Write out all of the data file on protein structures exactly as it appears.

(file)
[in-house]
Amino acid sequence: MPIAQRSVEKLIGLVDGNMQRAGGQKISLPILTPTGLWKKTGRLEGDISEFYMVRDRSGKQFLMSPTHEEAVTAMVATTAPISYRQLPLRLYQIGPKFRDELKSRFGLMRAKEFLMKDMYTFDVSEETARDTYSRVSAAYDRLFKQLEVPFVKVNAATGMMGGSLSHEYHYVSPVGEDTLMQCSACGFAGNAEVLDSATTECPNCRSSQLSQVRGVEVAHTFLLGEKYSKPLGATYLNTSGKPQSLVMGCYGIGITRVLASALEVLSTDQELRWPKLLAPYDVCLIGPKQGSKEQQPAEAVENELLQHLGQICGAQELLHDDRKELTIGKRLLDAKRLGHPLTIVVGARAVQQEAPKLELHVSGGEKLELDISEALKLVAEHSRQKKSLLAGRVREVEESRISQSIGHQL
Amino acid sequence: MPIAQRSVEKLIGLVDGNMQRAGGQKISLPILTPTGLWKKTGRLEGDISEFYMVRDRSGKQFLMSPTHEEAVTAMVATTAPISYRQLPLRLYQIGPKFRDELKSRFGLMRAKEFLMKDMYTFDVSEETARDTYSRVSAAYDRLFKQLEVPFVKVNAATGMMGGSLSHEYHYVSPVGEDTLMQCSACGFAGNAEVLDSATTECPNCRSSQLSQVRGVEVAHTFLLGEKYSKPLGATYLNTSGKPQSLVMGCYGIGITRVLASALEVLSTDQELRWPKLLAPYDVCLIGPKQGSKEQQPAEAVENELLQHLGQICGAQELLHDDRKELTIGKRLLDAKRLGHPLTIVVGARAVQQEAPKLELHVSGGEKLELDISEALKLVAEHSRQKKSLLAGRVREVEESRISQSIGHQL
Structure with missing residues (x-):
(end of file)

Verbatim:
[in-house]
Amino acid sequence: MPIAQRSVEKLIGLVDGNMQRAGGQKISLPILTPTGLWKKTGRLEGDISEFYMVRDRSGKQFLMSPTHEEAVTAMVATTAPISYRQLPLRLYQIGPKFRDELKSRFGLMRAKEFLMKDMYTFDVSEETARDTYSRVSAAYDRLFKQLEVPFVKVNAATGMMGGSLSHEYHYVSPVGEDTLMQCSACGFAGNAEVLDSATTECPNCRSSQLSQVRGVEVAHTFLLGEKYSKPLGATYLNTSGKPQSLVMGCYGIGITRVLASALEVLSTDQELRWPKLLAPYDVCLIGPKQGSKEQQPAEAVENELLQHLGQICGAQELLHDDRKELTIGKRLLDAKRLGHPLTIVVGARAVQQEAPKLELHVSGGEKLELDISEALKLVAEHSRQKKSLLAGRVREVEESRISQSIGHQL
Amino acid sequence: MPIAQRSVEKLIGLVDGNMQRAGGQKISLPILTPTGLWKKTGRLEGDISEFYMVRDRSGKQFLMSPTHEEAVTAMVATTAPISYRQLPLRLYQIGPKFRDELKSRFGLMRAKEFLMKDMYTFDVSEETARDTYSRVSAAYDRLFKQLEVPFVKVNAATGMMGGSLSHEYHYVSPVGEDTLMQCSACGFAGNAEVLDSATTECPNCRSSQLSQVRGVEVAHTFLLGEKYSKPLGATYLNTSGKPQSLVMGCYGIGITRVLASALEVLSTDQELRWPKLLAPYDVCLIGPKQGSKEQQPAEAVENELLQHLGQICGAQELLHDDRKELTIGKRLLDAKRLGHPLTIVVGARAVQQEAPKLELHVSGGEKLELDISEALKLVAEHSRQKKSLLAGRVREVEESRISQSIGHQL
Structure with missing residues (x-):